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  • 'Movement does not rely on composition nor a specific subject, but on the apprehension of the act of looking, which by itself is considered as the only creator.'
    —Victor Vasarely
    Autoportrait, 1944 is a compelling figurative work by Victor Vasarely. It was exhibited in Vasarely’s largest retrospective, In the labyrinth of modernismat, at the Städel Museum, Frankfurt in 2019. Only two other self portraits by the artist exist and are drawings, making the present work the only figurative painting of the artist. It reflects an artistic output nourished by multiple influences and tendencies. These varied inspirations are beautifully echoed throughout, displaying obvious references to Cubism in its structural composition as well as German expressionism in the tonalities used. Based on previous self-portrait drawings, the idea of depicting himself through a broken mirror can be dated back to 1942. This painting reflects the artist’s inner turmoil affected by the Second World War, whilst also undergoing a crisis of artistic identity. During this period, Vasarely made a living as an advertising graphic designer. For the artist, the stipulations of the work forced him to mute his personality, finding his creativity and artistic expression dulled. In 1939, he was on the verge of putting his artistic self behind him. However, following the advice of an amateur who suggested that he should study the history of art before rejecting it, the artist discovered avant-garde masters such as Cézanne who had defied accepted academic principles. He later realised that works of art did not have to require a particular knowledge to be appreciated; it should be a moment of aesthetic emotion.

     

    Vasarely was a virtuoso in translating various artistic currents into his own pictorial language. He was fascinated with optical illusions which would come to be known as ‘Op-art,’ a term coined in 1964.i This work was a direct reference to the portraits of Cubist masters, namely Braque and Picasso. Unlike his predecessors, Vasarely did not adopt the technique of depicting various viewpoints within one image, but instead, created the illusion of seeing the eyes and mouth repeatedly through the broken mirror’s reflection. Vasarely created networks of hatched lines, which by radiating across the surface of the canvas, recalled the Futurist way of painting. The dynamic Futurist manner of composing in frames and sections which had fascinated him since his early youth.ii

     

    The contrasting colours in Autoportrait suggest German expressionist influence - deep purples and emerald greens alongside subtle areas of beige, adorned with tinges of yellow. By juxtaposing these vibrant tones Vasarely fragments the composition into illusionary parts. He thus uses colour as a tool for three dimensionality, imbuing the image with a hypnotising sense of depth, paying an ode to the masterpieces of Cézanne, the Fauves and the German Expressionists. Through the disruption of visual perception, he emphasises contemplation as having its own aesthetic value, challenging the viewer’s traditional relationship with space and movement. Deeply moving, Autoportrait epitomises the sensitive nature of Vasarely’s artistic renderings, unveiling the often overlooked emotional facet of his work.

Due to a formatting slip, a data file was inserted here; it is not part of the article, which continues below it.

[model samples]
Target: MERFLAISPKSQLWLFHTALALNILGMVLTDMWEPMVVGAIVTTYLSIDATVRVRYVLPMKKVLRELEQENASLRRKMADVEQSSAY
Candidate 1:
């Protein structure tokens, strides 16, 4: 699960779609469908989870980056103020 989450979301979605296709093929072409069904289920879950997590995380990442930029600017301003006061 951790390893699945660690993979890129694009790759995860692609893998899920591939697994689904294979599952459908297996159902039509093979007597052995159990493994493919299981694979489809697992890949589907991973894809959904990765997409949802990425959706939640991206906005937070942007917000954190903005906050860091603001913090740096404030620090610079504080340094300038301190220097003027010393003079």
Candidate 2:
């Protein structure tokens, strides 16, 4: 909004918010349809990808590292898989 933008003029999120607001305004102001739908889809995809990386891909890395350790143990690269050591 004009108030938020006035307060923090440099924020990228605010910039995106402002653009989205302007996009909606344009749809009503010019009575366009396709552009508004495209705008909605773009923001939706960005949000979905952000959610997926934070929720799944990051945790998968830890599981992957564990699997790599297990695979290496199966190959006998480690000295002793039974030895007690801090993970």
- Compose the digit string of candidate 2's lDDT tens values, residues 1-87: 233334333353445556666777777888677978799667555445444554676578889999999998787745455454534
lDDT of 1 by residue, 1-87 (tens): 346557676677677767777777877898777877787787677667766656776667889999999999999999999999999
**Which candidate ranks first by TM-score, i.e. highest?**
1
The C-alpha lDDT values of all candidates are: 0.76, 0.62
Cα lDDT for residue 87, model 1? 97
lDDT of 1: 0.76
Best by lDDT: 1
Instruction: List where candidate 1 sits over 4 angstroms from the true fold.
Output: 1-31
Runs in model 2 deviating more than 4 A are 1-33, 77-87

i  ‘Op Art: Pictures that attack the eye’, Time Magazine, 23 October 1964, p.42

    ii Marcel Joray, ed., Vasarely Plastic Arts of the 20th Century, Neuchatel, 1965, p.74

    • Provenance

      Private Collection, France
      Damien Boquet Art, Paris
      Private Collection, Switzerland

    • Exhibited

      Frankfurt, Städel Museum, Victor Vasarely: In the Labyrinth of Modernisme, 27 September 2018 - 13 January 2019, p. 232 (illustrated, p. 43)

    • Literature

      Marcel Joray, Vasarely. Arts plastiques du XXe siècle, Neuchâtel, 1965, no. 7, p. 192 (illustrated, erroneously dated 1945, p. 7)
      Werner Spies, Victor Vasarely, Paris, 1971, no. 22, p. 31 (illustrated)

244

Autoportrait

signed 'VASARELY' lower right
oil on canvas
120 x 80 cm (47 1/4 x 31 1/2 in.)
Painted in 1944, this work is accompanied by a certificate of authenticity signed by Pierre Vasarely and dated 5 October 2017.

The authenticity of the present work has been confirmed by Pierre Vasarely, President of the Fondation Vasarely, universal legatee and the moral right holder of Victor Vasarely. This work will be included in the forthcoming Catalogue Raisonné de l’Oeuvre Peint de Victor Vasarely, which is currently being compiled by the Fondation Vasarely, Aix-en-Provence.

Full Cataloguing

Estimate
£180,000 - 250,000 ‡ ♠

Sold for £296,100

Contact Specialist

 

Tamila Kerimova
Specialist, Director, Head of Day Sale, 20th Century & Contemporary Art

+ 44 20 7318 4065
[email protected]

 

 

20th Century & Contemporary Art Day Sale

London Auction 16 April 2021